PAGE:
More women are choosing careers in wine

wine girl

Wine Girl

di Beatrice Fantoni (IT)

Wine has been around for millennia, but it’s only recently that the traditionally male-dominated industry has started to give way to more women, whether as sommeliers, wine makers, grape growers or wine and grape scientists. “There are a lot more women than when I started out in this business,” says Sara D’Amato, a certified sommelier, wine critic and Ontario chapter president of the Canadian Association of Professional Sommeliers (CAPS) who started in the business in 2003. “It was such a boys’ club.”

As a young graduate whose interests spanned the spectrum from science to management, and with a passion for wine and France, D’Amato says she felt the gender imbalance acutely at the time.

Fifteen years later things are changing, she says, and the playing field is evening out. It’s more common to see women compete alongside men for sommelier titles or enroll in training programs and courses. In fact, last year the CBC reported that more women than men were graduating with degrees from Brock University’s oenology and viticulture program.

While in the realm of sommeliers – especially at the very highest ranks – women remain a minority. D’Amato points out that women have risen rapidly to the top in other segments of the industry and in different parts of the world. In Italy for example, women are taking the reins at some of the most important consorzi (consortia). Olga Bussinello, for one, heads the Consorzio Valpolicella, steering the production of some of Italy’s most prized and refined wines.

D’Amato says the change is dispelling popular myths not just about women and wine, but about men too. Who says men don’t drink rosé? (They do, she says. Just look at Europe.) Do women prefer sweeter wines? (Women and men are pretty much drinking the same wines, she explains).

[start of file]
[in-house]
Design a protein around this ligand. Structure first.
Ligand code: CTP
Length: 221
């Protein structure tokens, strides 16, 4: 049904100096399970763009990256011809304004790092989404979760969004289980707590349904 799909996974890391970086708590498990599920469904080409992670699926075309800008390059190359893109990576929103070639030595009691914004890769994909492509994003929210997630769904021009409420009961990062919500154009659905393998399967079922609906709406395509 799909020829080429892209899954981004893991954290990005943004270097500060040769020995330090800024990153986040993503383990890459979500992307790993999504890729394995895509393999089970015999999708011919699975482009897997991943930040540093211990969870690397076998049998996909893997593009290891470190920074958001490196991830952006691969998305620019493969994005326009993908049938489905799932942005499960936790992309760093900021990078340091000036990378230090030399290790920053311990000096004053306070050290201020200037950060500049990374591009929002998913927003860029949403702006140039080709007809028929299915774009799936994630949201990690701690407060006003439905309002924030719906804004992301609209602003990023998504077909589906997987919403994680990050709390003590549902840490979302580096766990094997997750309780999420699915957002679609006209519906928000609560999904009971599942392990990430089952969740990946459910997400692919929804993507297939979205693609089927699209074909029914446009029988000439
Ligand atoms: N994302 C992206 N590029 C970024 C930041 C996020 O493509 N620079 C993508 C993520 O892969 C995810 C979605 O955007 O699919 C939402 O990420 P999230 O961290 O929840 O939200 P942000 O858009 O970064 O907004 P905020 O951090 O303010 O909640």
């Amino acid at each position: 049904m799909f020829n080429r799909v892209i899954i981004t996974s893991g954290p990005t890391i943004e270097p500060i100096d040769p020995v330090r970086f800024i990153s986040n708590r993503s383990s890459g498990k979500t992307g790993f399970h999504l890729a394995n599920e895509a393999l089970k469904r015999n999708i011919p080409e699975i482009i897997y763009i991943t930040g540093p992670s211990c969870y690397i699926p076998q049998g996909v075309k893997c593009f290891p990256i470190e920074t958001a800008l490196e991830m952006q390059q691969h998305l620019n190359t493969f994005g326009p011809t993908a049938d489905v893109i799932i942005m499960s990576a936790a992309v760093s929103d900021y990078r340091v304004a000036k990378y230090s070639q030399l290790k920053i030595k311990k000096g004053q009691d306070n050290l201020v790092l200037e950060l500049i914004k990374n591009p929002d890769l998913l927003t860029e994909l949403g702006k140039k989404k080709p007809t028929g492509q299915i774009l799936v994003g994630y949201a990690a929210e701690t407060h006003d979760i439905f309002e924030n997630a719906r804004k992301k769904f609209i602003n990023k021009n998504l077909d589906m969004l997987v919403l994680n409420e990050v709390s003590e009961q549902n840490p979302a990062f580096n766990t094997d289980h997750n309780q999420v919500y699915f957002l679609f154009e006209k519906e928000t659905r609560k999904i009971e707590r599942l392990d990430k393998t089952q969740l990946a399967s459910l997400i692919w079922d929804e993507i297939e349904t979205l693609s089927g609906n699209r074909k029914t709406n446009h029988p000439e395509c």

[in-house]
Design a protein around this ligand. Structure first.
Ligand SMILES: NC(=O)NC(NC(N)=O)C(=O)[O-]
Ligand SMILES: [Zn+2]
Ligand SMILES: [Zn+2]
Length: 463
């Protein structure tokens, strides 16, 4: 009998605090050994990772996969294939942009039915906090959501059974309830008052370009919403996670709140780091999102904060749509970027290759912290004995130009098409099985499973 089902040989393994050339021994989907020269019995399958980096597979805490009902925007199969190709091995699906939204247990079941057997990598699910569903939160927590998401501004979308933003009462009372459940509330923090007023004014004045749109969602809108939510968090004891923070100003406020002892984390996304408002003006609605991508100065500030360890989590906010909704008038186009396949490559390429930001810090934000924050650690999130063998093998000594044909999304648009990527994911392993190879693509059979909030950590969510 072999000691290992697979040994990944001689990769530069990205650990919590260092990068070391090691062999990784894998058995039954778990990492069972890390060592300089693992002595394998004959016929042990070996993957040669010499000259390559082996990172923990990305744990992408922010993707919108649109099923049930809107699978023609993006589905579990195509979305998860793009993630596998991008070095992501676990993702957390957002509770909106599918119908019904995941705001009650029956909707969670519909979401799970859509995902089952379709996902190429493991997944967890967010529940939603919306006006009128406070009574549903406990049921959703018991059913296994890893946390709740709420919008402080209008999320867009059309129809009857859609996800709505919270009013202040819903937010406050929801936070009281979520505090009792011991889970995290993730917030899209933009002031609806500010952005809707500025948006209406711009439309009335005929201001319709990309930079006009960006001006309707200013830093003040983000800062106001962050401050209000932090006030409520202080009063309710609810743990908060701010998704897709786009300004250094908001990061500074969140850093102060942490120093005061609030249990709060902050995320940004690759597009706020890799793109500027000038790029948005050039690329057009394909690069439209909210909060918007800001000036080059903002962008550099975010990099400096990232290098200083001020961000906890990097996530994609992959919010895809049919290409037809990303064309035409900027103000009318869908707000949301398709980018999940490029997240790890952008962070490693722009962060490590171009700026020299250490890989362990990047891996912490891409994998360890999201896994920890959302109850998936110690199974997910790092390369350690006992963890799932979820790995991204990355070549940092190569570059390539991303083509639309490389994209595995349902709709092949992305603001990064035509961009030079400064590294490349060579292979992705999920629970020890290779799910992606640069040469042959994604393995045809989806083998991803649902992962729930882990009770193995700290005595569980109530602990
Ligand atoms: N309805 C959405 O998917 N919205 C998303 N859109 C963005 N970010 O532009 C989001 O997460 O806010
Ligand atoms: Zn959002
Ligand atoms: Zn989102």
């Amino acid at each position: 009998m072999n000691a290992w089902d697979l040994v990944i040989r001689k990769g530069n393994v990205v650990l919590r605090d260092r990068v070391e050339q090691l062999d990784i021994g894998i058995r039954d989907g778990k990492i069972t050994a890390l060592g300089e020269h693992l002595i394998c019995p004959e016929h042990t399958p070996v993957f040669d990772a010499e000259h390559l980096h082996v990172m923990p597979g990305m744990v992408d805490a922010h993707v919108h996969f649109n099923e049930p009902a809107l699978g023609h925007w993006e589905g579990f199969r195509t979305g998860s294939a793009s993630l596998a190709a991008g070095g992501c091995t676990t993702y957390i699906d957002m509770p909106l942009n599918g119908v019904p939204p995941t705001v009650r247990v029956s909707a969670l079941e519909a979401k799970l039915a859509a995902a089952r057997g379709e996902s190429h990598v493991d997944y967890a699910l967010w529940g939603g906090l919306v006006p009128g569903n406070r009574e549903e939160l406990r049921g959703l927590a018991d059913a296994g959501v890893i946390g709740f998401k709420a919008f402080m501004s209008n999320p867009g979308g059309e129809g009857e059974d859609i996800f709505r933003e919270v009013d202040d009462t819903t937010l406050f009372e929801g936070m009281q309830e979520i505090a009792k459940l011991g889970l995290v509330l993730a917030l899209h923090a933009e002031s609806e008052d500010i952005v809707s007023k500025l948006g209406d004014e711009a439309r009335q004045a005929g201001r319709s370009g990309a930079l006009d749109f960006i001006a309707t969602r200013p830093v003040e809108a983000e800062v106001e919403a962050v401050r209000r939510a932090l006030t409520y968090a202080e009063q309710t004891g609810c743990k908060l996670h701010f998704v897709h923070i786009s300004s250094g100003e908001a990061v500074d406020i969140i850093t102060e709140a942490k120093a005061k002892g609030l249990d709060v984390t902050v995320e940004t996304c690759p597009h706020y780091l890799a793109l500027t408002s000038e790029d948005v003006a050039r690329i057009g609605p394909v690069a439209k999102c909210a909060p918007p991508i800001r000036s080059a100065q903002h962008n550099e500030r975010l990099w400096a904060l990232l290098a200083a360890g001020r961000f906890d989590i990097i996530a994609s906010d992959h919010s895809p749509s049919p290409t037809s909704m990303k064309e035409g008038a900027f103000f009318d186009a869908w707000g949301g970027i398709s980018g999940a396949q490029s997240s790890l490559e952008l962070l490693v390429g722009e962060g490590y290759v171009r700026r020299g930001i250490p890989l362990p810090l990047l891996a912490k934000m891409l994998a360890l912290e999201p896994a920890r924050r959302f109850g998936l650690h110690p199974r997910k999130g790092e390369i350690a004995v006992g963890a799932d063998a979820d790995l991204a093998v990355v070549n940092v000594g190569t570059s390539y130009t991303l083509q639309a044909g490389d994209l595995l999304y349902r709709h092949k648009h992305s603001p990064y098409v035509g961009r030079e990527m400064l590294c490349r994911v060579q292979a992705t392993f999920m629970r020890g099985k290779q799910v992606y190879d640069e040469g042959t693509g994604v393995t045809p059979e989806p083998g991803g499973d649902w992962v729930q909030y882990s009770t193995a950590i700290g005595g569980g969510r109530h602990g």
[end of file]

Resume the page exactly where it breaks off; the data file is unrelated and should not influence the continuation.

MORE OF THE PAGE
Even the language used to describe wine in reviews is shedding outdated, gender stereotypical terms, such as “masculine” for bolder (and generally more prized) wines, and “feminine” for delicate wines.

Lisa Leonetti Inacio, a certified sommelier and wine consultant at Anima Trattoria in Toronto, recalls that roughly a third of her classmates were women when she enrolled in the sommelier program at Niagara College in 2016. Her impression is there still tend to be more men in the industry, particularly as master sommeliers, but the scale is tipping. Her hunch is it has to do with women gradually getting more exposure. “It’s refreshing to see that,” Leonetti Inacio says. “The dedication of the women I’m in the presence of in this industry is incredible.”

The sommelier and wine consultant recently worked on a wine list for Anima that showcased some all-female producers, including a few by Donatella Cinelli Colombini. Colombini founded the Casato Prime Donne in Tuscany, where the vintners and winemakers are all women. “We wanted to create a list that showed lesser known wines and smaller producers,” Leonetti Inacio says, adding they also want to offer wines with an interesting story behind them.

D’Amato says she has heard from female winemakers who say the cyclical nature of the grape harvest and wine production cycle and living closer to nature are very conducive to work-family balance – an issue that many women are forced to consider when it comes to choosing their career path. “There is some enticement, too, from women to get into production,” she says.

And there is a lot of room for entrepreneurship in the industry, D’Amato adds, so women can shape their work. There are plenty of networking groups all over the globe, including in Canada, such as the Femmes du Vin launched by Toronto sommelier Emily Pearce-Bibona, and professional development events like the Women in Wine annual leadership symposium.

D’Amato says the industry is also taking a hard look at issues faced by female stage students (the interns of the sommelier world) like workplace harassment (all the more important because there is alcohol involved, she says), contracts for placements and dress code requirements.

While women don’t want to fawn over being “women in wine,” D’Amato says, it’s nonetheless an important shift. “A lot of these prejudices and these layers are being peeled back,” D’Amato says. “This is a great industry for women.”